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Should I Plant a Weeping Willow?

Weeping Willow

Should I Plant a Weeping Willow?

Ask any gardener or landscaper this question and you’ll get some varied responses. These beautiful trees bring out strong opinions in people!

Since ancient times, Weeping Willows have been revered. Their flowing forms and fluttering, silver-backed leaves have inspired poetry, music, and art. Many of us today have fond childhood memories of a certain neighborhood Weeping Willow—scaling its branches that were made for climbing and holding secret meetings in the space inside its big, protective domed canopy.

Others who have had a bad experience with Willows will tell you to plant something else. They’re messy trees, they’ll say, or they’ll damage your underground pipes. So what’s fact and what’s fiction? Here are some commonly held assumptions about Weeping Willows, and what our experience has led us to believe is the truth:

Weeping Willows grow fast. Indeed they do. These are the fastest-growing trees we sell at Bower & Branch™. You can expect 3 to 4 feet of growth each year (older trees will slow down a bit). In a rainy year, you may get more. No tree will give you quicker privacy, and while they’re not evergreen, they are the “first to leaf and last to drop,” so they’ll have foliage for a large part of the year—when you’re more likely to be outside.

Weeping Willows are invasive. This one’s false. They don’t reseed (ours are male), and they don’t send up suckers in your neighbor’s yard.

Weeping Willows “seek” water. They do love water, but they can’t “sense” where it is. They won’t, for instance, tunnel under the driveway, “knowing” that there’s a pond on the other side. Their roots will grow faster and thicker where they happen to encounter wet soil. Because they love water, they’re great for planting in low areas that stay soggy. Their roots can soak up all that extra water and make a swampy part of the yard usable again.

Weeping Willow roots invade and clog underground pipes. Modern houses are plumbed with PVC, which rarely leaks, so this scenario is less likely than it once was, when clay, concrete, or metal pipes were the norm. They can’t “drill into” sound pipes. Still, Weeping Willows can interfere with underground lines and should be planted at least 50 feet away from any underground water, gas, sewage, or electrical lines. Don’t plant this tree within 50 feet of your neighbors’ utilities, either—remember that roots don’t abide by our artificial boundaries.

Weeping Willows are messy. They do drop a fair amount of twigs. You’ll be picking them up every time you mow, though many feel this is a small price to pay for the unique beauty of this specimen tree. They do lose larger limbs once in a while, also. Don’t plant this tree near the pool or next to the house. A large, open suburban lot may suit this plant well, and a house in the country is ideal. If you can site it by a pond, so much the better. It will look natural there and have all the moisture it wants (though it will grow in drier soil, too).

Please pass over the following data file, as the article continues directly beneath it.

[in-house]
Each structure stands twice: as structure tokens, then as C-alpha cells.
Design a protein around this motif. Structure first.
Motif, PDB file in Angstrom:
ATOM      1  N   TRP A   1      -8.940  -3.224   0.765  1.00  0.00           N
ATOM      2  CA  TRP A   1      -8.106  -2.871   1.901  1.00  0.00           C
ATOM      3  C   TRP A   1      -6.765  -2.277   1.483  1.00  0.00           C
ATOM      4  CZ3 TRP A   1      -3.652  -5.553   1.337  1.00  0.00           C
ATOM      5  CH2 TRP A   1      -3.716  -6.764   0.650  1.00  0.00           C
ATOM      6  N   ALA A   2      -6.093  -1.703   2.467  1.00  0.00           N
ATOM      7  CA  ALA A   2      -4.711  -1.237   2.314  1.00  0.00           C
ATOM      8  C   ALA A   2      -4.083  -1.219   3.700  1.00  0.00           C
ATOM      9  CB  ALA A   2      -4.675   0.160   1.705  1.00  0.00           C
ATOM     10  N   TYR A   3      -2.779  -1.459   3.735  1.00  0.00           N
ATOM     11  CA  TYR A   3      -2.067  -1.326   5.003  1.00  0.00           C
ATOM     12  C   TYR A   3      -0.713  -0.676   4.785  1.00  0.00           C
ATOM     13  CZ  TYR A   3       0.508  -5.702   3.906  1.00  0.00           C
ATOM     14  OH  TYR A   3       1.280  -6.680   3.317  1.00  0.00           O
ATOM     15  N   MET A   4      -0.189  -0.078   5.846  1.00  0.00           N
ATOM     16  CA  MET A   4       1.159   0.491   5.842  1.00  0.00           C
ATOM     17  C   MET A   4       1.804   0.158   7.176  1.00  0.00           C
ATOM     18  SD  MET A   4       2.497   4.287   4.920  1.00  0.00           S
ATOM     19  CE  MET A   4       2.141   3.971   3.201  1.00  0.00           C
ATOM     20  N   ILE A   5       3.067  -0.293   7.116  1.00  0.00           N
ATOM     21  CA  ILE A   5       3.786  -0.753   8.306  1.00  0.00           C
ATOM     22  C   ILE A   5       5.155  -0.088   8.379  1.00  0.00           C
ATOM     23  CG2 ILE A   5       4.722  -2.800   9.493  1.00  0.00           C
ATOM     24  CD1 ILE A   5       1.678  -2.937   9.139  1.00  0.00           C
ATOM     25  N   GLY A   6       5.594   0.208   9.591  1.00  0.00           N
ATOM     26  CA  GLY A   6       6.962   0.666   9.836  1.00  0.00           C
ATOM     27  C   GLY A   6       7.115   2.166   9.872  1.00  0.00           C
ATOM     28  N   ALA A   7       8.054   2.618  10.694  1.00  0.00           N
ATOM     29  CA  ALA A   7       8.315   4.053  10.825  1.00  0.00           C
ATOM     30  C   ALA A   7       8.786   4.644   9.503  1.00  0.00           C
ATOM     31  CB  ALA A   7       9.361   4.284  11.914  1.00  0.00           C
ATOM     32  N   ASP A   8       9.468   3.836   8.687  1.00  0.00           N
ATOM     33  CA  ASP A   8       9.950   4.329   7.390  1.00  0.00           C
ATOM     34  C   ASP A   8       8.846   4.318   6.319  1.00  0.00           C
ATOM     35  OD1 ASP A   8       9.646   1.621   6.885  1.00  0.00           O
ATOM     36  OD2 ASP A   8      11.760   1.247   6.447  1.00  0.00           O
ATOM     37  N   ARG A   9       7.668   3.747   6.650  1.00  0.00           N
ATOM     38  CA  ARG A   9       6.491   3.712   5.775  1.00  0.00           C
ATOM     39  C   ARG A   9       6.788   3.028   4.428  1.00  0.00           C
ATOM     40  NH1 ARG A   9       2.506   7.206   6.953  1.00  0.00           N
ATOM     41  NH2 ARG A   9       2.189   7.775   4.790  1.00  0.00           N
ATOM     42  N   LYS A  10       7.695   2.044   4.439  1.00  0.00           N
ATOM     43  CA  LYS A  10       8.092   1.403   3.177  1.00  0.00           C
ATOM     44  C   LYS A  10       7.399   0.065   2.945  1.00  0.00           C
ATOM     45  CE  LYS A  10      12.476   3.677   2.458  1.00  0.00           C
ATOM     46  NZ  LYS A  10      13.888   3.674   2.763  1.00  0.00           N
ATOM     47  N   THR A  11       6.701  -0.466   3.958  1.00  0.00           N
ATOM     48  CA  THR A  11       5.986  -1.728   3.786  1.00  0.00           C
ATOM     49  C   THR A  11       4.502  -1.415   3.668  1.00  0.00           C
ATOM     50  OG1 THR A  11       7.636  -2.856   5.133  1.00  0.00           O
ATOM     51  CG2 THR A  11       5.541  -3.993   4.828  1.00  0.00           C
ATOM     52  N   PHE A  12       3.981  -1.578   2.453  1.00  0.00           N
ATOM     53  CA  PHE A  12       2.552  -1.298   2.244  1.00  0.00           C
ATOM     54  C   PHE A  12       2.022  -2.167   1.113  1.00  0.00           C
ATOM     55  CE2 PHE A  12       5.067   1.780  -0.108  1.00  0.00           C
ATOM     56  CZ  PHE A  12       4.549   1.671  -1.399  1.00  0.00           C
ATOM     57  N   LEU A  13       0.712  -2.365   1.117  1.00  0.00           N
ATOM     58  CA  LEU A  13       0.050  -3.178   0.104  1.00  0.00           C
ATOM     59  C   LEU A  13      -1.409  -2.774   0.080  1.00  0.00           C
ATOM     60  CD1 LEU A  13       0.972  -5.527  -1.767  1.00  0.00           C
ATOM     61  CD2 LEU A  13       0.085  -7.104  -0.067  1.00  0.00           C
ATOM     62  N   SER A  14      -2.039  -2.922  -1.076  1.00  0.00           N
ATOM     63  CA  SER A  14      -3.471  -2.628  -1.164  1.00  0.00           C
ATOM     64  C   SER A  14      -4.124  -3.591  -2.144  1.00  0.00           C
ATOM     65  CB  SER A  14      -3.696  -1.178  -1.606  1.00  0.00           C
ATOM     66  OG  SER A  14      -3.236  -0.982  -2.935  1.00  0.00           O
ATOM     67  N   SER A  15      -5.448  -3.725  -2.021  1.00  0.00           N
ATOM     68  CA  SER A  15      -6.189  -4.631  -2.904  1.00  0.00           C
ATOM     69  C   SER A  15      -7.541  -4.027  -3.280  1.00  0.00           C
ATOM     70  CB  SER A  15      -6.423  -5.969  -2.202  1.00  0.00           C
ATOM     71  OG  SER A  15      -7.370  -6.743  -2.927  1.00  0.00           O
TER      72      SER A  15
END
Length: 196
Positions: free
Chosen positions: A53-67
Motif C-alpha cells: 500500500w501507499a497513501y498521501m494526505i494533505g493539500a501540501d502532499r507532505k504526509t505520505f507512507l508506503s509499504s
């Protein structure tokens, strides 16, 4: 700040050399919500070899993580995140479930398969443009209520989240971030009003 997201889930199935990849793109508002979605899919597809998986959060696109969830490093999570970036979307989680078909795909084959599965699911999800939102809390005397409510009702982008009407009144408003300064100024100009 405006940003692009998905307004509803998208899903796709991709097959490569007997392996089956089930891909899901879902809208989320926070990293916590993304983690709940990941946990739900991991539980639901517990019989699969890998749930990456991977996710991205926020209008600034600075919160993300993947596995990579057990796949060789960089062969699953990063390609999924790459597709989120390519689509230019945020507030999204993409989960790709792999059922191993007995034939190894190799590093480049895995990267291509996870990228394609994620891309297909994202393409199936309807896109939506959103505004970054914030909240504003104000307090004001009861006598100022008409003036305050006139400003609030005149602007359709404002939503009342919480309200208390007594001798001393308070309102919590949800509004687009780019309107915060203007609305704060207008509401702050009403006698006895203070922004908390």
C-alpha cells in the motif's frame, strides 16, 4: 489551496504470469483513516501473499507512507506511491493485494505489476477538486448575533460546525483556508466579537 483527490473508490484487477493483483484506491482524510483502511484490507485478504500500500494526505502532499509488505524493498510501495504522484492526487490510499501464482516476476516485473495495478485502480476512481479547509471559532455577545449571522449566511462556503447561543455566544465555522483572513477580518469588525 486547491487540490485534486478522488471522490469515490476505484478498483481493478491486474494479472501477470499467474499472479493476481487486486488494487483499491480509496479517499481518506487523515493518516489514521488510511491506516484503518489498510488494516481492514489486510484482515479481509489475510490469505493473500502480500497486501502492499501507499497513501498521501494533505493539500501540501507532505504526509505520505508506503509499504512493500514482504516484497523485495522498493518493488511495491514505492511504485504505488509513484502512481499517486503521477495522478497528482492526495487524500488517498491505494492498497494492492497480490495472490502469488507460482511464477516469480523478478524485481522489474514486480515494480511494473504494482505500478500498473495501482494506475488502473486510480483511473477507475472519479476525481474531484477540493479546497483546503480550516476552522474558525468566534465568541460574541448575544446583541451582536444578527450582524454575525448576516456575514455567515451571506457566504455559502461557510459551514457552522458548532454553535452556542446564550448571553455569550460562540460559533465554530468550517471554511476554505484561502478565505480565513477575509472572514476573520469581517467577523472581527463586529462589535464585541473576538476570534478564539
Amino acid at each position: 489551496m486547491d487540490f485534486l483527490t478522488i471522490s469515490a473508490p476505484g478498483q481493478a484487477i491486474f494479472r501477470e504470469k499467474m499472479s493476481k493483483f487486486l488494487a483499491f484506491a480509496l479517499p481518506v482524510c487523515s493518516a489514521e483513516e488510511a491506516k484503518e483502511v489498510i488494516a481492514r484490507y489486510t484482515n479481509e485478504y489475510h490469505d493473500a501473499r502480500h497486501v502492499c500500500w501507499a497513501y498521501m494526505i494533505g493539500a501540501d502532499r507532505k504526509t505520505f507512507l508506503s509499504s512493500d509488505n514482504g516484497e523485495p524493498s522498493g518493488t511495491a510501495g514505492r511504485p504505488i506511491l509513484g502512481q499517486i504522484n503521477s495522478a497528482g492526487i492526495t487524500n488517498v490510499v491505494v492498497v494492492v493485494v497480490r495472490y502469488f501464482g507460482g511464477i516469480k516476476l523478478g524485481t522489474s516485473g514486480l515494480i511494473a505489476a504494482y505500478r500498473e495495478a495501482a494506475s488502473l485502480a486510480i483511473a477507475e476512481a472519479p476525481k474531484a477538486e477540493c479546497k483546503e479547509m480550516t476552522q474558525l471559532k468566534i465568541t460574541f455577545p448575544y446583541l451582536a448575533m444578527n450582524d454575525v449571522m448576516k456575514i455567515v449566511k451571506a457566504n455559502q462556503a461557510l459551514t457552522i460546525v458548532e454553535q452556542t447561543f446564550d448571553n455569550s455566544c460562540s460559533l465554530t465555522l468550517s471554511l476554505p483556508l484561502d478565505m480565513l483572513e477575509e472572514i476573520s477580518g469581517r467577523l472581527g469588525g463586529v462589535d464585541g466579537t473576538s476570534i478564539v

Weeping Willows have a lot of disease and insect problems. They do have a longer list than most trees. A disease called black canker can be particularly troublesome, and gypsy moths love willows. On the other hand, willows are also host trees to three pretty fabulous butterflies: the Mourning Cloak, Red-Spotted Purple, and Viceroy!

Weeping Willows are short-lived. Compared to many other trees, they are. You may get only 20 or 30 years out of a tree, or less, though with space to grow, abundant water, and a little luck, you could very well get 50 or more. The national champion, in Michigan, has a trunk 8½ feet thick. Now Willows grow fast, but that’s no youngster! If you like the idea of a quick screen, but want to plan long-term, you might think about planting a row of Weeping Willows in front of or behind a row of slower-growing, but longer-lived trees, like Oak. When the Oaks are big enough to do the job, the Willows can be removed.

No one will argue that Weeping Willows aren’t gorgeous, fast-growing, and kid-friendly. They might be tops in all these categories! But they aren’t for everyone. These aren’t trees for the small property, and they may not be in it for the long haul.

But when they’re well-sited and thriving? Perfection.

Some of our favorite Willow Trees:

14 Comments

  • Pat Rubio says:

    I have a weeping willow that you planted for me 3 years ago and I absolutely love it. However, I continuously have a problem with the leaves turning yellow and dropping. I have given it 20-20-20 fertilizer just 1 week ago, plus a dose of iron last month and I have been trying to give it lots of water by leaving the hose running lightly at it’s roots. So far to no avail. Can you help me please??

  • Wendi-Jo - Grow Team Member says:

    Hello Pat!

    We love that you love your Tree =)

    I spoke with our Growers about your Tree and this is what they had to say:

    Willows are heavy feeders – they are hungry hungry hungry! Our product – Elements Fertilizer – is perfect for this because it empowers the Tree to communicate with the surrounding soil and is therefore able to tell the soil what it needs to feed itself! For your Tree, as it is larger, you may want to use at least two bags to ensure your Tree is getting what it needs!

    If you have any other concerns, please don’t hesitate to let us know! Or, if you’d like to speak directly with one of our Growers, we can set that up!

    Thanks!

  • Mike plake says:

    Can their roots clog ur pipe to the point you can’t get a snake through it?

  • Grower Joey says:

    Hi Mike!

    Thank you for your question!

    The quick answer is NO, the Weeping Willow roots will not clog your pipe.

    Trees and other plants cannot sense water sources. Some Trees and Plants can grow well in high water conditions, while some cannot. The Weeping Willow is one of those that can withstand very moist soils.